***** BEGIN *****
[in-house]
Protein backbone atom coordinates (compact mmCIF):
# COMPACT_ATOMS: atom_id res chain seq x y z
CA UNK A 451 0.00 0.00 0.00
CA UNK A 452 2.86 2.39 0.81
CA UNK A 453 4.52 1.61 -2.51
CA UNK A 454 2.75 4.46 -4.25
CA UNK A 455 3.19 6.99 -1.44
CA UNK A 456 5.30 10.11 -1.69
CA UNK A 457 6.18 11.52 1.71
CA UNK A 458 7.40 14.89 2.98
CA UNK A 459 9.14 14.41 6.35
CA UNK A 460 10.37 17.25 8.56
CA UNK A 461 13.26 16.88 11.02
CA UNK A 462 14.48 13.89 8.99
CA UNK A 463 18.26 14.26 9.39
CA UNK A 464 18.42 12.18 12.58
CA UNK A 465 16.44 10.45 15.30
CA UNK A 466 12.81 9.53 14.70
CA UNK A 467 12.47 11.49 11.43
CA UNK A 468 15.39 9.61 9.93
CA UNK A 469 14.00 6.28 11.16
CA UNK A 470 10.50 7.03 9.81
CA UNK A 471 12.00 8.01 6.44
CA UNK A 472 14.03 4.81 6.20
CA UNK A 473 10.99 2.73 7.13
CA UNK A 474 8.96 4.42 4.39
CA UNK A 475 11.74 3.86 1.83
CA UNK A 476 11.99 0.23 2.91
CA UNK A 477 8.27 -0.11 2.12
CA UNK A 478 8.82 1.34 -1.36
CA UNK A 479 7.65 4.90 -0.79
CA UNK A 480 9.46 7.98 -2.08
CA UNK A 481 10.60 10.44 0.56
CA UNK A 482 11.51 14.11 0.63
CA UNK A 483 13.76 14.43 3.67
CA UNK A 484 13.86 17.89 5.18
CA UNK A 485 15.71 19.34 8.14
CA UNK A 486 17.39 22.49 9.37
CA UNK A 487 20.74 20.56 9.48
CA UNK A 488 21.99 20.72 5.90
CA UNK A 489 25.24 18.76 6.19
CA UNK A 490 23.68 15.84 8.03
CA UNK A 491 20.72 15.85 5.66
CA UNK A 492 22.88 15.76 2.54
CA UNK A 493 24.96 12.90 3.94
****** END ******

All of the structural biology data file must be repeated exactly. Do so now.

[in-house]
Protein backbone atom coordinates (compact mmCIF):
# COMPACT_ATOMS: atom_id res chain seq x y z
CA UNK A 451 0.00 0.00 0.00
CA UNK A 452 2.86 2.39 0.81
CA UNK A 453 4.52 1.61 -2.51
CA UNK A 454 2.75 4.46 -4.25
CA UNK A 455 3.19 6.99 -1.44
CA UNK A 456 5.30 10.11 -1.69
CA UNK A 457 6.18 11.52 1.71
CA UNK A 458 7.40 14.89 2.98
CA UNK A 459 9.14 14.41 6.35
CA UNK A 460 10.37 17.25 8.56
CA UNK A 461 13.26 16.88 11.02
CA UNK A 462 14.48 13.89 8.99
CA UNK A 463 18.26 14.26 9.39
CA UNK A 464 18.42 12.18 12.58
CA UNK A 465 16.44 10.45 15.30
CA UNK A 466 12.81 9.53 14.70
CA UNK A 467 12.47 11.49 11.43
CA UNK A 468 15.39 9.61 9.93
CA UNK A 469 14.00 6.28 11.16
CA UNK A 470 10.50 7.03 9.81
CA UNK A 471 12.00 8.01 6.44
CA UNK A 472 14.03 4.81 6.20
CA UNK A 473 10.99 2.73 7.13
CA UNK A 474 8.96 4.42 4.39
CA UNK A 475 11.74 3.86 1.83
CA UNK A 476 11.99 0.23 2.91
CA UNK A 477 8.27 -0.11 2.12
CA UNK A 478 8.82 1.34 -1.36
CA UNK A 479 7.65 4.90 -0.79
CA UNK A 480 9.46 7.98 -2.08
CA UNK A 481 10.60 10.44 0.56
CA UNK A 482 11.51 14.11 0.63
CA UNK A 483 13.76 14.43 3.67
CA UNK A 484 13.86 17.89 5.18
CA UNK A 485 15.71 19.34 8.14
CA UNK A 486 17.39 22.49 9.37
CA UNK A 487 20.74 20.56 9.48
CA UNK A 488 21.99 20.72 5.90
CA UNK A 489 25.24 18.76 6.19
CA UNK A 490 23.68 15.84 8.03
CA UNK A 491 20.72 15.85 5.66
CA UNK A 492 22.88 15.76 2.54
CA UNK A 493 24.96 12.90 3.94